India’s National Investigation Agency (NIA) on Saturday conducted raids on 10 offices of preacher Zakir Naik’s NGO, Indian media reported.
Raids were conducted at 10 locations in Maharashtra linked to his banned organisation Islamic Research Foundation (IRF), which is also named in the case by the anti-terror agency.
Times of India (TOI) reported that the NIA had registered a case against Naik and others on Friday under the Unlawful Activities (Prevention) Act (UAPA) and Indian Penal Code (IPC) for allegedly “spreading enmity” among religions.
The searches began on Saturday morning with the help of local police after a case was registered by the NIA’s Mumbai branch on Friday night.
The Indian government banned IRF as an ‘unlawful organisation’ for five years with immediate effect, on Tuesday. The ban was enforced under UAPA and approved at a meeting of the Union cabinet.
TOI had earlier reported that the government intended to ban IRF citing Naik’s “objectionable and subversive” speeches, the criminal cases filed against him and other members of IRF in Mumbai and Sindhudurg in Maharashtra and Kerala, as well as his “dubious” links with Peace TV that allegedly features “communal” and “pro-jihad” content as grounds for such a ban.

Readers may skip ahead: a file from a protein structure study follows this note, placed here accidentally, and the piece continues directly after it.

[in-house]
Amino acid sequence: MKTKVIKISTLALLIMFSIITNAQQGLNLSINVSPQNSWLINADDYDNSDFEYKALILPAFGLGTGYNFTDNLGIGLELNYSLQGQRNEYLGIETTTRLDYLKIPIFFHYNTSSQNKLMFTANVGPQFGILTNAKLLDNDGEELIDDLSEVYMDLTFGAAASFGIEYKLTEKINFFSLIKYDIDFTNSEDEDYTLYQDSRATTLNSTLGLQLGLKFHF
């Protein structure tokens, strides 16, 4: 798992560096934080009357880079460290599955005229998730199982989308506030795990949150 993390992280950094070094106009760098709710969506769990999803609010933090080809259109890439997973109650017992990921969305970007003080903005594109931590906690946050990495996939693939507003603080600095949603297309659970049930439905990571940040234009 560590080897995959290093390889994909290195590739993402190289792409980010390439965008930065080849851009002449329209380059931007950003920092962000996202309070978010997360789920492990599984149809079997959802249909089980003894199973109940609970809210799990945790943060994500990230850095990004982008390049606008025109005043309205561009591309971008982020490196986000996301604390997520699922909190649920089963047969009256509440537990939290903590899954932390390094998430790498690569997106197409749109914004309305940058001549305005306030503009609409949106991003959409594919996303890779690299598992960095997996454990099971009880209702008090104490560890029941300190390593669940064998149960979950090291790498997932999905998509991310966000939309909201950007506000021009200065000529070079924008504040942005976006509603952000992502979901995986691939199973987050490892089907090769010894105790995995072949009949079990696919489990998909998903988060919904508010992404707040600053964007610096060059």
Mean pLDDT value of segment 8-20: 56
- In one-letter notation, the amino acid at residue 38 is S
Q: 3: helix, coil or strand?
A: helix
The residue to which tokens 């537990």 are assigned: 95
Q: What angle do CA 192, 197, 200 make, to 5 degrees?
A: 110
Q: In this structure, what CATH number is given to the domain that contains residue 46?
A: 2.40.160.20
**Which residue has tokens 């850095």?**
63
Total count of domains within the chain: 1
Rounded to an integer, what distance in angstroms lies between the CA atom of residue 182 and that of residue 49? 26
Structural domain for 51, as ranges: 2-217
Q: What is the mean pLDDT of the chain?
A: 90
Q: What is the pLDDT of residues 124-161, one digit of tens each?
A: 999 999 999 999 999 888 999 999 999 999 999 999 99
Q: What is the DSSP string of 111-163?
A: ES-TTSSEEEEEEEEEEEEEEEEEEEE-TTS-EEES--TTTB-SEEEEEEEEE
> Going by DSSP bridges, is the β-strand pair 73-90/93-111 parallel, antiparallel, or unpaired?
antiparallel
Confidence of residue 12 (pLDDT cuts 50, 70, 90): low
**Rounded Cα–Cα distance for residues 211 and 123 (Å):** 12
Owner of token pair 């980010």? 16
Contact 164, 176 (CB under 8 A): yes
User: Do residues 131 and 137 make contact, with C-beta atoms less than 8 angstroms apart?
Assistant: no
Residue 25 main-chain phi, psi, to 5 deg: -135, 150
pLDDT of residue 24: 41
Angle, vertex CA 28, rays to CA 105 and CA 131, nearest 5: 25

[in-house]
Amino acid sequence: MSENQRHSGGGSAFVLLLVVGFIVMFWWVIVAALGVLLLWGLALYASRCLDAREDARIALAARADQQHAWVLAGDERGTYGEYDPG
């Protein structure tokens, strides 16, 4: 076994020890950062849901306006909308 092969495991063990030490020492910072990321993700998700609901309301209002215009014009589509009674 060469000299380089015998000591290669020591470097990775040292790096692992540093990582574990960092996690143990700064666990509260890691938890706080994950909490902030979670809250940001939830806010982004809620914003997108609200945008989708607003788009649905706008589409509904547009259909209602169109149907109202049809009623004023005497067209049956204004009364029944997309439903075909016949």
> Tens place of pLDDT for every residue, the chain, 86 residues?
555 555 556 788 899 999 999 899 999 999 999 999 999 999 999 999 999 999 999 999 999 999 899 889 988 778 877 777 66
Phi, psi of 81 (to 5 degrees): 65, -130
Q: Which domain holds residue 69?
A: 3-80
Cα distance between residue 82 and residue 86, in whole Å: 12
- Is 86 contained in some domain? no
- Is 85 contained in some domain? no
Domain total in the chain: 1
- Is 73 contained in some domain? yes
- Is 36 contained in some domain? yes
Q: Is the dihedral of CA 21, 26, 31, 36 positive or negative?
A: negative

An ‘unlawful’ association is different from a ‘terrorist’ organisation listed under UAPA. The law defines ‘unlawful association’ as any organisation “which has for its object any activity that is punishable under Section 153A or 153B of IPC” — provisions dealing with threat to social and communal harmony.
Declaration of IRF as ‘unlawful’ under Section 3 of the UAPA will force closure of its offices and interests across the country.